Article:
2) Posty legs — If you look at your goat, and her legs have gone from curvaceous beauty to two, 2X4 posts, you have labor shortly around the bend (usually within 24 hours).  There’s no missing postiness when combined with loose ligaments. The poor gal will look like she’s trying to do ballet around the barnyard while her tail is drooping toward the ground.

3) Pawing the ground — Yes, she’s big. Yes, she’s uncomfortable. Yes, she just wants to lay down and get comfortable, but no, it’s not going to make her feel any better. She’ll do it anyhow. Usually, pawing the ground directly precedes labor, and most will be happier if penned at this time with nice, comfy bedding to paw at before ‘pushing time.’

4) Crooning, Begging, Crying, Cursing at her stomach — Yes, and sometimes all of the above. Not all does talk to their babies, but many of them do. Many of them may think there’s an alien lifeform in there because they really do a lot of yapping at the belly.

5) I VANT TO BE ALONE! — Oftentimes does will separate themselves from even those who have been their lifelong friends when the time comes to kid and bond with their new babies. Some of them, especially first fresheners, might just be trying to hide from the alien that seems to want to come out, and perhaps, when labor pains begin, some are trying to protect the rest of the herd from what could be an enormous bout of flatulence–the worst ever! Either way, many do want alone time and will separate. This is why it is important to have kidding pens set up. If you let your do have the kids wherever she wants, she may become confused and abandon them or have kids in several locations where they could chill or be ‘forgotten.’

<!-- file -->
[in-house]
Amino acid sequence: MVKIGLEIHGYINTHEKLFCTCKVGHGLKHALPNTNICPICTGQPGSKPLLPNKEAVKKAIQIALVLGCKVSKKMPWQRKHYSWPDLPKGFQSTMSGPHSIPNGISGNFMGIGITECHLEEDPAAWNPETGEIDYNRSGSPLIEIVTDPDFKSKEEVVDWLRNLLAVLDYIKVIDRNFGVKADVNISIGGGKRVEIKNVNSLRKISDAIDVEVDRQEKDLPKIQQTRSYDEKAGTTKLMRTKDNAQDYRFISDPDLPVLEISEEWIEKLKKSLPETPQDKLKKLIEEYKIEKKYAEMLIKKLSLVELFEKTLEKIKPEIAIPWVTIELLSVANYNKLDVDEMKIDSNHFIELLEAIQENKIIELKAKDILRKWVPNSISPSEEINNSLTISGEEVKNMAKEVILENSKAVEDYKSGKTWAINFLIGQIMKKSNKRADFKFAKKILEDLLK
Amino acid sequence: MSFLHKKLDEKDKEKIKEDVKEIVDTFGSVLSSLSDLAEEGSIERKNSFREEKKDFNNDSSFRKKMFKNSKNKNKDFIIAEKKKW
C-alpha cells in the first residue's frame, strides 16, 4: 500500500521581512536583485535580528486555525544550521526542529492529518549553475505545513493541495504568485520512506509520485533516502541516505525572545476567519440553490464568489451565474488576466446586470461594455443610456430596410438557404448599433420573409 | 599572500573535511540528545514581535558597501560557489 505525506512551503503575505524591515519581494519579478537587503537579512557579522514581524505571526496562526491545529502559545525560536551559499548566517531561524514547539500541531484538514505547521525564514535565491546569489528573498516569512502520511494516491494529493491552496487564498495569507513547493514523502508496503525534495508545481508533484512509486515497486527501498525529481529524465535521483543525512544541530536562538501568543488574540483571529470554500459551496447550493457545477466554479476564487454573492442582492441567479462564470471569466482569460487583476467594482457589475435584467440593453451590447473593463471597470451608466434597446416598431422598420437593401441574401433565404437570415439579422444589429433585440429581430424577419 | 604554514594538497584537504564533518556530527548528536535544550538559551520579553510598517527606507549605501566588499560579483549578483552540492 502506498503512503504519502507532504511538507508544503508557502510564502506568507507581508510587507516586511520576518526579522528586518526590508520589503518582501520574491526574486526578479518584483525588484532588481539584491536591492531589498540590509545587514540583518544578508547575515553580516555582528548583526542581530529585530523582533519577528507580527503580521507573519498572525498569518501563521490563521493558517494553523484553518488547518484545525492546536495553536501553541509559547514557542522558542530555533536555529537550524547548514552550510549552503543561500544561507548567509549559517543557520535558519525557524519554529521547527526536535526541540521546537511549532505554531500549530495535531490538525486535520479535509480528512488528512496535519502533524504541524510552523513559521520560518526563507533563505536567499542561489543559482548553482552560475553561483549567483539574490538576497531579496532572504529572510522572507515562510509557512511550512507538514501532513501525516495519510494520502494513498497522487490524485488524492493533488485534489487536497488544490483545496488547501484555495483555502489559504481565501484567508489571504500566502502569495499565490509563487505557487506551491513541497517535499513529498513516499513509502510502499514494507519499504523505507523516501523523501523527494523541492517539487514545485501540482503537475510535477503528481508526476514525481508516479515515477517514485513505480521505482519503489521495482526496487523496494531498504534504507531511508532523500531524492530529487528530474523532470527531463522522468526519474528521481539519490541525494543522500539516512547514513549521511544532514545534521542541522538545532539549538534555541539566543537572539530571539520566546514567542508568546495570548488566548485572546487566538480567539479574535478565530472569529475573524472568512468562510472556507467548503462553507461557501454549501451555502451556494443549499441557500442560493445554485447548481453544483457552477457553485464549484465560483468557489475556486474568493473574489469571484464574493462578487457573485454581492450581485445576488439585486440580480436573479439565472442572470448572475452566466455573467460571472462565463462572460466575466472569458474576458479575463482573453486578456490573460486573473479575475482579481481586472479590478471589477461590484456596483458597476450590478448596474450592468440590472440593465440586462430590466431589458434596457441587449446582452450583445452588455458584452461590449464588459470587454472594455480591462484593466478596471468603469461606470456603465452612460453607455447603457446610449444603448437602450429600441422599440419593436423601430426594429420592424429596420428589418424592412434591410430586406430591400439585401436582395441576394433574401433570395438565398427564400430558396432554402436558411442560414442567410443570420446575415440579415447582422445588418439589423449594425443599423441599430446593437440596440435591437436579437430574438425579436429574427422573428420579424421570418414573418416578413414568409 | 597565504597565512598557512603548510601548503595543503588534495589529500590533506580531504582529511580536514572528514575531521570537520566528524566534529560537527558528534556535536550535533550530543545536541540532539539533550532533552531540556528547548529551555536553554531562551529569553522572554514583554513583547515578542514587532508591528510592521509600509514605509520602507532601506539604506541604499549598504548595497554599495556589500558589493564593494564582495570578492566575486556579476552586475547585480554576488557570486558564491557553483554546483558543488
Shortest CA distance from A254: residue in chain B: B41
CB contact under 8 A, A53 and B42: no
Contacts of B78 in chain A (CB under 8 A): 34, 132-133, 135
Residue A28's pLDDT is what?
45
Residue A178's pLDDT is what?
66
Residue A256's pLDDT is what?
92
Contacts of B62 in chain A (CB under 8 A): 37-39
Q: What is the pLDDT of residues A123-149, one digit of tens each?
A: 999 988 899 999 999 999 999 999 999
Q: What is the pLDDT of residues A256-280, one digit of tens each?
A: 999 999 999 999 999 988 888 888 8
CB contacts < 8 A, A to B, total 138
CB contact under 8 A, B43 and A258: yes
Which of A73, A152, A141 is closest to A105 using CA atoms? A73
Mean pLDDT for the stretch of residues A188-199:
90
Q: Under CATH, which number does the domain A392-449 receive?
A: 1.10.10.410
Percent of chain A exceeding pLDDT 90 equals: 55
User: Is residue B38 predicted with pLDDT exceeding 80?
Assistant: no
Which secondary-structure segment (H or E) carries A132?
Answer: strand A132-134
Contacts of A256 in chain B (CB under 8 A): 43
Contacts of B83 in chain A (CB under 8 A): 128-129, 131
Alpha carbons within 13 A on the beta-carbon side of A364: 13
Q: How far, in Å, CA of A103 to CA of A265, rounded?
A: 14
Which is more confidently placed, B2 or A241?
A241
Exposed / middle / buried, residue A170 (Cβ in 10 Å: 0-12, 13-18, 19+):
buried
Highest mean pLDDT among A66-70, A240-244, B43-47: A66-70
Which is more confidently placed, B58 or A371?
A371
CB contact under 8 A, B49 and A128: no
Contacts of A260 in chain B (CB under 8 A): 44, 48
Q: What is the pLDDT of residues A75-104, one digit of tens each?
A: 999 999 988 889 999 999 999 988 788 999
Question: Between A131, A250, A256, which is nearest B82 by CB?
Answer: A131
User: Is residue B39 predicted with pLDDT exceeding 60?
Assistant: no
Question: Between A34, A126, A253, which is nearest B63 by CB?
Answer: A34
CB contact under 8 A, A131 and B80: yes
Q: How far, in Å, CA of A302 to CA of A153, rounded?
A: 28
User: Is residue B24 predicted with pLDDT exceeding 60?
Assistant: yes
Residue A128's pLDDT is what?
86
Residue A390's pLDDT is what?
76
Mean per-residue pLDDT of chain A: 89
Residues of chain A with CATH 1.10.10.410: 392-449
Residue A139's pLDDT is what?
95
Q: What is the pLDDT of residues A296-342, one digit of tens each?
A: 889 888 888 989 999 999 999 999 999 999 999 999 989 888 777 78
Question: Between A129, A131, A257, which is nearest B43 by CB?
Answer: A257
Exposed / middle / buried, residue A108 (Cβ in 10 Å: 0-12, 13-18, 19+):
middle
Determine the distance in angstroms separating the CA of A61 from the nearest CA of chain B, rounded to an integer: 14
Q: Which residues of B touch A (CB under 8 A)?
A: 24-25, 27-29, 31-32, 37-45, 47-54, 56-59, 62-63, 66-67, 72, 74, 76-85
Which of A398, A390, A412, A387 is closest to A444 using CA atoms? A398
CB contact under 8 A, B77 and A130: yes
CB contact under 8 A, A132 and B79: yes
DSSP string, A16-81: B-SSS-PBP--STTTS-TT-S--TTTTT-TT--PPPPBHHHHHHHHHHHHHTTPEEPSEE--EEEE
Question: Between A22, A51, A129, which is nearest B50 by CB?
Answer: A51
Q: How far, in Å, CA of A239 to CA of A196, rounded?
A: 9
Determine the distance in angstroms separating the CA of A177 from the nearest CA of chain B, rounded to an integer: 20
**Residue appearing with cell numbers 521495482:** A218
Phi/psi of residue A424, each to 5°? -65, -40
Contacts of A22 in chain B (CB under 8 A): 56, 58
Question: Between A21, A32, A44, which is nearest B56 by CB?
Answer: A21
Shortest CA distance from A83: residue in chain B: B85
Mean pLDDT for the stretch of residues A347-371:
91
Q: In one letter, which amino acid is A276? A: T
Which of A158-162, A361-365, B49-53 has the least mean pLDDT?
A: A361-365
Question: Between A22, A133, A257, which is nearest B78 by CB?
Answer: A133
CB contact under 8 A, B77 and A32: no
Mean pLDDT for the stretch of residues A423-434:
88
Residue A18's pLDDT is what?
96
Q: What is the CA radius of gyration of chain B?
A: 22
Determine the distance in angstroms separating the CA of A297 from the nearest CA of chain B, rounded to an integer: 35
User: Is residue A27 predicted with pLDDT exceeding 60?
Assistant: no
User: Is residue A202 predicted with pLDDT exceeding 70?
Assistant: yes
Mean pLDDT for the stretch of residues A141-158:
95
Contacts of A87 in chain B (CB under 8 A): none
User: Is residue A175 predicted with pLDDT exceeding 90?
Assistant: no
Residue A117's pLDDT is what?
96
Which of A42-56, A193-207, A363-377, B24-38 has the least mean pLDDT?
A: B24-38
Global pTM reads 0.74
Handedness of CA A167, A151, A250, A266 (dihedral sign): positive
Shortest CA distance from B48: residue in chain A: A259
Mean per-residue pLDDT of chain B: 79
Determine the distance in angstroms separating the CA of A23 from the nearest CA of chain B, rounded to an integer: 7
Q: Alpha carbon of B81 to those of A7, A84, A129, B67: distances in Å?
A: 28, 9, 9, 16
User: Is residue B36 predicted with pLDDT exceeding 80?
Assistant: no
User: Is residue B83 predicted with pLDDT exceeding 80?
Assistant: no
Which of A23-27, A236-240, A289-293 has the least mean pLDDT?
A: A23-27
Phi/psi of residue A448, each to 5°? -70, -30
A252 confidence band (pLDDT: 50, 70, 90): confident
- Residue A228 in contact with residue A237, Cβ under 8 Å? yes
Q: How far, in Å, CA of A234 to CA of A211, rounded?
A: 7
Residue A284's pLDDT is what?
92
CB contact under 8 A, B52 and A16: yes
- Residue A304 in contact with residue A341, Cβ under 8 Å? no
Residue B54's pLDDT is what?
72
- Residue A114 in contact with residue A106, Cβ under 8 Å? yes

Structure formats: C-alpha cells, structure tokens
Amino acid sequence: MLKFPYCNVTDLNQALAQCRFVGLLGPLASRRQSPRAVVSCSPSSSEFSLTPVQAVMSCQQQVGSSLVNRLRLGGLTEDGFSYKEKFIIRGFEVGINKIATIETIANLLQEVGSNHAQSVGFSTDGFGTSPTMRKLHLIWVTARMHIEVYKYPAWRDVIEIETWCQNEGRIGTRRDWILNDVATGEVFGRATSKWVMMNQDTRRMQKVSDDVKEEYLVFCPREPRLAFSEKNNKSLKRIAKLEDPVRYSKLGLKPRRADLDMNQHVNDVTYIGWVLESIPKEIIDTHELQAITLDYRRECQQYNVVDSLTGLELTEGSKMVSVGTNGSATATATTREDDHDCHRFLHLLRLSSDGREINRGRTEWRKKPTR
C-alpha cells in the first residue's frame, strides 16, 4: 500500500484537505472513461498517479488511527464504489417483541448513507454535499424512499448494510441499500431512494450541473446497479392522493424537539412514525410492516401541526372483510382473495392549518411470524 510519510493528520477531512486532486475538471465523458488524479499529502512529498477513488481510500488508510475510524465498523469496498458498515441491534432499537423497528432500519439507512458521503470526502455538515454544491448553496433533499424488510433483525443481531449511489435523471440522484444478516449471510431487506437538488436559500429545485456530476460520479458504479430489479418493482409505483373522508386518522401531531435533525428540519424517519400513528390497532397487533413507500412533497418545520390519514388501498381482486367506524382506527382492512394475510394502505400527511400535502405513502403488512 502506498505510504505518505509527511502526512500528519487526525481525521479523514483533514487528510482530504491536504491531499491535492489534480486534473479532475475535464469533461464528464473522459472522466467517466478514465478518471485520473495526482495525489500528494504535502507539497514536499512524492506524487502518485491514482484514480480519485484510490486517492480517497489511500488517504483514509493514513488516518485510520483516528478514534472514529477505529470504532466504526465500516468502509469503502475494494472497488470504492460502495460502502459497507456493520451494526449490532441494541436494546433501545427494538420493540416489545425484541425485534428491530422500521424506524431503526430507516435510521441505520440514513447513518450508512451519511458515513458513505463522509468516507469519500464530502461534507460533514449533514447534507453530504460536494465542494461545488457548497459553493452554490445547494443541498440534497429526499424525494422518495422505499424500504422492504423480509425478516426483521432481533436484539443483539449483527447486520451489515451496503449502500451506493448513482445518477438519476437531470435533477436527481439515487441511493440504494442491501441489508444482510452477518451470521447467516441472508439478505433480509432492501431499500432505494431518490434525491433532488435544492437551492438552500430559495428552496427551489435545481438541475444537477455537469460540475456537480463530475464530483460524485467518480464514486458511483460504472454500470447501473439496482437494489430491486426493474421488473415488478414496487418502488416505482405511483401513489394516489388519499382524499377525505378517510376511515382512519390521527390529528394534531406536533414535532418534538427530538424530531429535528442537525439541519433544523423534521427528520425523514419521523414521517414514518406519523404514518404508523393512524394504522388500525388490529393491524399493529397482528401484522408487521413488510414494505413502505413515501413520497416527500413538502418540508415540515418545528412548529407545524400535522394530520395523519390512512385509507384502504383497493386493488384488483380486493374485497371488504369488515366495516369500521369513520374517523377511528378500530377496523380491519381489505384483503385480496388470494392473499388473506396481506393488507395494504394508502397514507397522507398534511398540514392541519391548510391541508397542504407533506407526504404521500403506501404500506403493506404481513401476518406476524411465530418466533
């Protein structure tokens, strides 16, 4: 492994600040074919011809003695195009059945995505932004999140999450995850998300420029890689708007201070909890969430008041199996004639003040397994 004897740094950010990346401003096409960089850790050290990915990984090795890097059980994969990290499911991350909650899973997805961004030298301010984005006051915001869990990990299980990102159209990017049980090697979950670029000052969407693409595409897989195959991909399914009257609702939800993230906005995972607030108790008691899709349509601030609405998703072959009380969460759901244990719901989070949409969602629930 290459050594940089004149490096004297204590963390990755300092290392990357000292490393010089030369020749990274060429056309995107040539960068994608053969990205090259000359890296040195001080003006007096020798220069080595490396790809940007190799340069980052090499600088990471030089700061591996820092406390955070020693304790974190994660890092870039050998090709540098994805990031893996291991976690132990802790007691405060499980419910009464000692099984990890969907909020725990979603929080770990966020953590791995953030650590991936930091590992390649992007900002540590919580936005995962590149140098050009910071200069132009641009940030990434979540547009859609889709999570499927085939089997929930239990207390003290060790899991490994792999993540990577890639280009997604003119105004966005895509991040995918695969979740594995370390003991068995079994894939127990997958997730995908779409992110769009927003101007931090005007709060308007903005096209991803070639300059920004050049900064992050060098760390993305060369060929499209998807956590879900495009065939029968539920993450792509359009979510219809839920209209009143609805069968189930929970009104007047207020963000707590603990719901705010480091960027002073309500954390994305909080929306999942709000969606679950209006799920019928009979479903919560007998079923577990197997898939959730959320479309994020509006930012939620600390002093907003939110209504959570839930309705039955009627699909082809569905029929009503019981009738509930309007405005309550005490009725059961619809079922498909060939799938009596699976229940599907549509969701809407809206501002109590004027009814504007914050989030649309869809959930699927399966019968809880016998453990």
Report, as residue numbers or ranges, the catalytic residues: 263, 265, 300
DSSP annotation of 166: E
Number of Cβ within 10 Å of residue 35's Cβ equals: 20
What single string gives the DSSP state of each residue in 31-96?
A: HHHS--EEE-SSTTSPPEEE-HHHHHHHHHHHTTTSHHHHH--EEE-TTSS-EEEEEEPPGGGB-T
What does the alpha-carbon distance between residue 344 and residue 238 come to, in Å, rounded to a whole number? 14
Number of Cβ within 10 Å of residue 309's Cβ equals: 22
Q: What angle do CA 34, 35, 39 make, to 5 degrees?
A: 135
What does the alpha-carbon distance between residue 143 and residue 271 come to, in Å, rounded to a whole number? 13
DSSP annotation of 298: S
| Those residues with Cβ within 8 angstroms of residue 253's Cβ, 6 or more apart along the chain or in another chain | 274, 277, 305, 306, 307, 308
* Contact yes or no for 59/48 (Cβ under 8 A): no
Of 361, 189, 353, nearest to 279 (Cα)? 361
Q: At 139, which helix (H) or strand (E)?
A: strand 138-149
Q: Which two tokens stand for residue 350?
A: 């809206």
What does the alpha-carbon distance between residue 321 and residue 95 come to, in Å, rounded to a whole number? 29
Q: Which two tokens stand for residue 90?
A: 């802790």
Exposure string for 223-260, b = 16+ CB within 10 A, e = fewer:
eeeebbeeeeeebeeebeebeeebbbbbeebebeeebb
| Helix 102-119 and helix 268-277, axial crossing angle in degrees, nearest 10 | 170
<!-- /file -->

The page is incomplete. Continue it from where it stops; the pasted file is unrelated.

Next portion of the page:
6) Contractions– A does breathing changes during contractions, and you will notice her abdomen hardening into a ball. She may cry out during this time, or she may ‘talk’ to you. Some want your attention during contractions, and some will even lick you in prep for cleaning their kids.

7) Streaming — Doesn’t that sound lovely? I picture a sweet meadow with a babbling brook, lots of fragrant wildflowers, chirping birds, and a gentle, warm breeze. Not. In fact, it just means she’s losing her mucous plug and ‘oozing’ it in a goopy ‘stream’ of fluid the consistency of jelly. This is good news though because it means…

8) Pushing — What else can I say but KIDS WILL APPEAR WITHIN MINUTES TO A FEW HOURS. HOORAY!!! The doe will bear down, sometimes brace herself against the floor or wall, and push. Does will sometimes lay down to push. I encourage mine to stand since I know gravity well help get those kids out of their faster.

Kids are born (normally) in a diving position with the head resting on front feet. In most cases, does do not need assistance, but if she has multiples or a precipitous (fast) birth, you can help clean off babies. If you are going to be milking, it’s a good time to get her used to your hands. Let her lick you, and you can ‘nurse’ (milk) from her, too, and she will be eager to care for you on the milk stand.

I hope the rest of your kidding season is great! Have a good one.